OAKLAND, Calif.—As far as mass entertainment goes, giant robots smashing each other should be a sure bet. Turns out, there’s a lot of kinks to work out first.
On Sunday, MegaBots, a Hayward, California-based company (approximately 19 miles south of Oakland) that builds these robo-gladiators, held its second live event. It was an experiment of sorts. Instead of a robo-battle, it was more of a droid demolition derby, with MegaBots flagship mech Eagle Prime smashing appliances, a piano, and for the grand finale, a Chevy Astro van.
“The long-term vision at MegaBots is to have robot battles in stadium-sized arenas,” Matt Oehrlein, CEO of MegaBots, told Ars.
Previously, MegaBots had faced off against a Japanese team last year—but since then there have been no public demos.
“This kind of event is new for us,” Oehrlein said. “We’re still testing things out and trying to see what resonates with the audience. This one was super scripted; we had actors and characters, a lot more theatrics.”
The theatrics took the form of running patter on the robots themselves and their designs from both Oehrlein and another host, and also a loose plot that wove through the event. Eagle Prime, the “Prince of Privacy” was battling the evil robot Zork Muckerborg, who wanted to steal the audiences’ data.
But you don’t come to an event like this for the plot, you come for the bot.
Eagle Prime is a truly impressive machine, but once you see a giant robot in action, you quickly realize why huge mechs are generally found on film screens and not battlefields. The robot is slow. Extremely slow. Powered by hydraulics and a 430hp V8 Corvette engine, Eagle Prime can trundle across the pavement at a reasonable clip, but motions—especially the swings of its arms—take ages to execute. There was a fair amount of time just waiting for the mech to start moving.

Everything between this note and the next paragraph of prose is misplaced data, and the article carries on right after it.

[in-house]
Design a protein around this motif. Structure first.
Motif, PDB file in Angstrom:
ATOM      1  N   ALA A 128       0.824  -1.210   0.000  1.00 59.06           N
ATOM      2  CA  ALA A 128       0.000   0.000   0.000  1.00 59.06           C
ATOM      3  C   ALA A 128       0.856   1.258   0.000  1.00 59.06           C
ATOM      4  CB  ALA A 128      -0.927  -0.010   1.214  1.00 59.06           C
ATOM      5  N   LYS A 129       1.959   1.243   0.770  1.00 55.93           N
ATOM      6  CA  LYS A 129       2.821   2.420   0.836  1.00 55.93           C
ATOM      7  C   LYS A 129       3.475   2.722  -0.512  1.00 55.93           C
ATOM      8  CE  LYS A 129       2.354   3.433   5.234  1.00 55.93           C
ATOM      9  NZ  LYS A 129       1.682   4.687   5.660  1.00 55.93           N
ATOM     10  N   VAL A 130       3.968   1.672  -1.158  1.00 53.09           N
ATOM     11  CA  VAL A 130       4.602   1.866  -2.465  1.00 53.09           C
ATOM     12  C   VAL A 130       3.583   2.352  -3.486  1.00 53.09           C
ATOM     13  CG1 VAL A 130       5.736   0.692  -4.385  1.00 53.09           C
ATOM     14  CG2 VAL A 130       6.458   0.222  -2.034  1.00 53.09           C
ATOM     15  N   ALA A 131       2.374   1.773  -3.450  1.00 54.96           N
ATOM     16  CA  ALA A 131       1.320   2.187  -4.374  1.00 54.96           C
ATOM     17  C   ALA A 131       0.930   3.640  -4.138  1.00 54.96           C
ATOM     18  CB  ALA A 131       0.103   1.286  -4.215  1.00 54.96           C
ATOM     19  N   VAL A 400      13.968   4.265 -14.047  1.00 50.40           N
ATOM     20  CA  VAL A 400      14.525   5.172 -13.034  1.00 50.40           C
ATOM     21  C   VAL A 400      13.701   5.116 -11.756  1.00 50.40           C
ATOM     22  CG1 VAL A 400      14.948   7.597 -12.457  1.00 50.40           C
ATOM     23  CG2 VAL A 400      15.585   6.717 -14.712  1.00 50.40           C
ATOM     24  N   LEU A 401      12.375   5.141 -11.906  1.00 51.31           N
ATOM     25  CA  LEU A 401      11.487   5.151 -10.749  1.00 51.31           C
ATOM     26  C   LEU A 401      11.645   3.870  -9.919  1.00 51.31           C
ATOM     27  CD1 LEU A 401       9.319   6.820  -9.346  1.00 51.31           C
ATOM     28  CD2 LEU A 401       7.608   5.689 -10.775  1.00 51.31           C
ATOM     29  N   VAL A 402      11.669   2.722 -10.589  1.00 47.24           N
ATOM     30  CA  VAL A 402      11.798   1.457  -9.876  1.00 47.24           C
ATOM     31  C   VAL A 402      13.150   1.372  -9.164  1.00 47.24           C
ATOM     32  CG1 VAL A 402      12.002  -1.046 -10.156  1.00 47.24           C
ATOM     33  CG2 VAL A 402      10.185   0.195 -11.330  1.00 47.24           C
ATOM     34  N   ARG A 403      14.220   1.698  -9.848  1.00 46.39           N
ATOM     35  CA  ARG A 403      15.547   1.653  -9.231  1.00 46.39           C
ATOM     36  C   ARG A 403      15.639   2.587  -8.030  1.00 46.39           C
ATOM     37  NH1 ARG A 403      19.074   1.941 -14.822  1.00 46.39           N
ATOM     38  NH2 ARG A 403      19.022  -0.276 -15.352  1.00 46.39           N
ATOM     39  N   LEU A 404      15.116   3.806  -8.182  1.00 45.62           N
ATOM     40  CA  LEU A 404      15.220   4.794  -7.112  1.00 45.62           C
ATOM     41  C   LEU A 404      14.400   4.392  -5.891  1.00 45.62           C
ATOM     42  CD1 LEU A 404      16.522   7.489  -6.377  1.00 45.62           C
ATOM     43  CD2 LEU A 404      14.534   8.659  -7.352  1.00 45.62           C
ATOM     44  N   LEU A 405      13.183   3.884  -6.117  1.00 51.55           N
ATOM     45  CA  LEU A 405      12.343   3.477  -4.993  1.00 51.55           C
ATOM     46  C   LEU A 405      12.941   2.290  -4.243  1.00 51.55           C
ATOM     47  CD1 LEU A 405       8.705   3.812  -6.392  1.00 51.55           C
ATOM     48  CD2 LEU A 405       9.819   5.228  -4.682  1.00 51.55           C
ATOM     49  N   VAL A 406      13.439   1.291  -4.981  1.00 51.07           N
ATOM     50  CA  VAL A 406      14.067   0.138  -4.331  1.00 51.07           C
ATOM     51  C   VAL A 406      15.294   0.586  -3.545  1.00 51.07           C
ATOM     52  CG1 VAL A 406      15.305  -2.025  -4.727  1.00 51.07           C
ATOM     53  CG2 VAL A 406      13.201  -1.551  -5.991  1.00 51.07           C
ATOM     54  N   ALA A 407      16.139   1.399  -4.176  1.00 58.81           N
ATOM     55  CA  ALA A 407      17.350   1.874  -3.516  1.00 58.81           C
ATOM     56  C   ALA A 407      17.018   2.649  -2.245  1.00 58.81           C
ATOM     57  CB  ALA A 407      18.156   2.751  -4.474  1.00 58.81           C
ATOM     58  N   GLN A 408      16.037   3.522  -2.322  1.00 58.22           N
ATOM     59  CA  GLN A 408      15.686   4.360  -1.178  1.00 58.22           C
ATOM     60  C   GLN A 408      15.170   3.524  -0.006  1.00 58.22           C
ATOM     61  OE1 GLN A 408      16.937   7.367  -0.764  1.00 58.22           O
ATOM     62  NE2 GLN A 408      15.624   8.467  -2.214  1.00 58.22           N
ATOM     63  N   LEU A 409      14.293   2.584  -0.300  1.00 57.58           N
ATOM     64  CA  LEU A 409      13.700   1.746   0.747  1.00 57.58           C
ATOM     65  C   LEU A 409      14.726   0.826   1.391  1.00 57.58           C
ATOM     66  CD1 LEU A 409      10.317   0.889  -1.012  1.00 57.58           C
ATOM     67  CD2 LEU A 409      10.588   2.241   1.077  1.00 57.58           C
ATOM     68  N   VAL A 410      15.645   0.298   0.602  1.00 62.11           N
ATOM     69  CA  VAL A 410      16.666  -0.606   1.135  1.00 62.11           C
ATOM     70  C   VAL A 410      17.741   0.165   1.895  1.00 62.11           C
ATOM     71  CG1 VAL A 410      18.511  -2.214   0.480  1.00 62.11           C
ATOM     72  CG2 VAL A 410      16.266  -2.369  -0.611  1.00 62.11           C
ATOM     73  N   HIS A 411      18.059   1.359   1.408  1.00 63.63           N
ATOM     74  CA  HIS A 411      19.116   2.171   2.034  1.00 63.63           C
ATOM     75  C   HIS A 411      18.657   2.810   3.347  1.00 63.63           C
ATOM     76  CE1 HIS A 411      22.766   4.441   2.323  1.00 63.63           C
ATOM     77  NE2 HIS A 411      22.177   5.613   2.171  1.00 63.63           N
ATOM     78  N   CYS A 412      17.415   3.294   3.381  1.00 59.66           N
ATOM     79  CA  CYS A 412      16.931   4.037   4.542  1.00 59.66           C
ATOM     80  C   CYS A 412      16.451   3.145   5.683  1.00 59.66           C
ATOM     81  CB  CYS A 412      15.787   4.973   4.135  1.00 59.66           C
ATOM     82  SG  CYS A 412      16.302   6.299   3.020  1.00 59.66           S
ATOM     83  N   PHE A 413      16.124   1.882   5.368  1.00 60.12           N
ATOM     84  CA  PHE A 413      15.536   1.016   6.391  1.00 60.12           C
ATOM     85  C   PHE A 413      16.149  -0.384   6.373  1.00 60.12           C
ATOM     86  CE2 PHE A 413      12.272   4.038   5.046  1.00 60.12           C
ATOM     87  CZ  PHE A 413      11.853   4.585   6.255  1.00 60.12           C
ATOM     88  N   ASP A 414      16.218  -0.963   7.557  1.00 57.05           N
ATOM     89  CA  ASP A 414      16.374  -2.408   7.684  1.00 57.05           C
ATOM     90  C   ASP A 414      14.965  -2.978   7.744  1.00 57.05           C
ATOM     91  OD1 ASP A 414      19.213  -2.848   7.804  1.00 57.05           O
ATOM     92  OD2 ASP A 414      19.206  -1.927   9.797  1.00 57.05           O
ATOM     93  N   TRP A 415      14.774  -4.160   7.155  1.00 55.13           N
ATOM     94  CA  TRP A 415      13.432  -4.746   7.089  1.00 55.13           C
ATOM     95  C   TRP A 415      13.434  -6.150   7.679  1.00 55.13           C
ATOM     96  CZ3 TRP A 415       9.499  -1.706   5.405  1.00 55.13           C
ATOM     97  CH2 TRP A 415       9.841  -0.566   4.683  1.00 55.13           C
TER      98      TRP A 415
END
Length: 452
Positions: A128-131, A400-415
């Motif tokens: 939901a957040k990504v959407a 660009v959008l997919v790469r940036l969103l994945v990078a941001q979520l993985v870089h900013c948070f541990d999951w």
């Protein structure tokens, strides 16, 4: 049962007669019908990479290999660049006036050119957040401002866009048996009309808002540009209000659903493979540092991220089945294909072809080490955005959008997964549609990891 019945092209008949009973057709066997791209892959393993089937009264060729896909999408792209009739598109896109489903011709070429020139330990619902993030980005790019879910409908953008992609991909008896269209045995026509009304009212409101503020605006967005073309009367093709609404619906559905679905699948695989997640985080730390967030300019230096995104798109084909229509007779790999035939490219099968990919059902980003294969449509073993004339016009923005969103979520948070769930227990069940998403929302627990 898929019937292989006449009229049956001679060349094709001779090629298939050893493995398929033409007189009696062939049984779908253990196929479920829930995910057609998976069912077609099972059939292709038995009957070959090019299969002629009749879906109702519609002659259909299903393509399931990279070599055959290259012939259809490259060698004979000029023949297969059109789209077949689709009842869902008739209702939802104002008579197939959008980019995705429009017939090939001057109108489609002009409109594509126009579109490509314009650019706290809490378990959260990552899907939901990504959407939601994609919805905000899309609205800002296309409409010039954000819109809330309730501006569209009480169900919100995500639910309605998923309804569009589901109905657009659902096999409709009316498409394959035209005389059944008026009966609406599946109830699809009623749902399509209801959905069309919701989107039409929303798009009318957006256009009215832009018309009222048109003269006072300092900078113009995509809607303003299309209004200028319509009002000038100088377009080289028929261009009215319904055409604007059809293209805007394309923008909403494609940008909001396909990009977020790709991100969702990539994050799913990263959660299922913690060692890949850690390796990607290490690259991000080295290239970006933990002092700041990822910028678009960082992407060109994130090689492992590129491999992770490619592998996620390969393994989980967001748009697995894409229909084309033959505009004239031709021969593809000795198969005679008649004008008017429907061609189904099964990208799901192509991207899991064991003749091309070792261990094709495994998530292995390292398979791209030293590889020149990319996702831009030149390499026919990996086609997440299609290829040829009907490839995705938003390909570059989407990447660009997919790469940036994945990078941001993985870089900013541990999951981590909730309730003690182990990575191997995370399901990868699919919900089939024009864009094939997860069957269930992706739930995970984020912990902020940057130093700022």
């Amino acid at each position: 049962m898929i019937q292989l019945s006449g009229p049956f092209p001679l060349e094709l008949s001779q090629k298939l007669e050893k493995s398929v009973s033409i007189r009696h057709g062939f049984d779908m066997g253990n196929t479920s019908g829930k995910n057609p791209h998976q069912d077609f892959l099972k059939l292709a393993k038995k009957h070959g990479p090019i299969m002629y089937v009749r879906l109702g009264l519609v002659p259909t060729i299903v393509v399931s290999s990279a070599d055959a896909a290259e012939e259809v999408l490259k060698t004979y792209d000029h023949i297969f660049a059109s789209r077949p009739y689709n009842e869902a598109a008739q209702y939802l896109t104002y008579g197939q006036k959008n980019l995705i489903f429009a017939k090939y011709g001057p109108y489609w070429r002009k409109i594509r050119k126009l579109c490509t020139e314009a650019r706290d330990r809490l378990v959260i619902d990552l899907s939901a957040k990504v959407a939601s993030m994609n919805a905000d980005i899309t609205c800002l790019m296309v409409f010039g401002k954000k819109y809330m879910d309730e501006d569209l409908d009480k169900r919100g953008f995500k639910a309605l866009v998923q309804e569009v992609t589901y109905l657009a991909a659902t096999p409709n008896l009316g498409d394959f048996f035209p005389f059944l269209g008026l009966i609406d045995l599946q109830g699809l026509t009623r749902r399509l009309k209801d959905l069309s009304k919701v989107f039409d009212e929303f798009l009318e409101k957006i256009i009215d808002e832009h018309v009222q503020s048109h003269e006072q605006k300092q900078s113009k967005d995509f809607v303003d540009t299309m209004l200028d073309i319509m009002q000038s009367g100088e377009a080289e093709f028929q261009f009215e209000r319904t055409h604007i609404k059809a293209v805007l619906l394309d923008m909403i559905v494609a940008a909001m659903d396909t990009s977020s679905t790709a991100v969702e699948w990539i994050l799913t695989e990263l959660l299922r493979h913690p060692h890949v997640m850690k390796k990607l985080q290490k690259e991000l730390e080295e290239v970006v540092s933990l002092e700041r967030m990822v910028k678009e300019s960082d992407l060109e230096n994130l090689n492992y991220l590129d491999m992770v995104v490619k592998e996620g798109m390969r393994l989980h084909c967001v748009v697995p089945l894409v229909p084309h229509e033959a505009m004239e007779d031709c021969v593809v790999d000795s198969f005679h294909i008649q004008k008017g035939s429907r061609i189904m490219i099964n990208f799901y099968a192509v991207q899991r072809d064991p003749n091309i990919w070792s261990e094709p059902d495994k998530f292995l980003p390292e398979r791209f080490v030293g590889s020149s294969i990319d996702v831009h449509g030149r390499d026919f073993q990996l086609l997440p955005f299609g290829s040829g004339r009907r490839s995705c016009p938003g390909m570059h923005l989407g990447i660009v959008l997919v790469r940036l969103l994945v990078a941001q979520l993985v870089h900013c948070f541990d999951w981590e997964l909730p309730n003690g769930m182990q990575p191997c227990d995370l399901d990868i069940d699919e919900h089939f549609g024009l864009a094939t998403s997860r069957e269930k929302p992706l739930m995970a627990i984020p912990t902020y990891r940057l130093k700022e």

Whether it’s a factor of the complicated hydraulics or the fact that the two pilots driving the mech can only see the outside world through external cameras, the mech’s movements were also clumsy, and it missed its targets as often as it connected with them. Which is a shame, because when it does connect, it’s thrilling.
We didn’t expect watching a mech crush a washing machine with a giant claw would be so entertaining, and when it jammed a giant chainsaw through the windshield of the van we wanted to cheer. There are the seeds of something amazing here, and with better controls and a faster pace it’s easy to imagine this sort of event becoming a phenomenon.
Unfortunately, MegaBots has been frank about being nearly out of money, and at this point it barely has the cash to improve its mechs and sort out some bugs (Eagle Prime simply turned off without warning twice) or even just to keep the lights on.
Despite this, the Oakland event felt like a success. MegaBots may be able to use events like this to develop its brand and build an audience, and if nothing else we hope giant robots will soon be battling it out at a nearby arena.
Check out the video from the event on MegaBots’ YouTube page.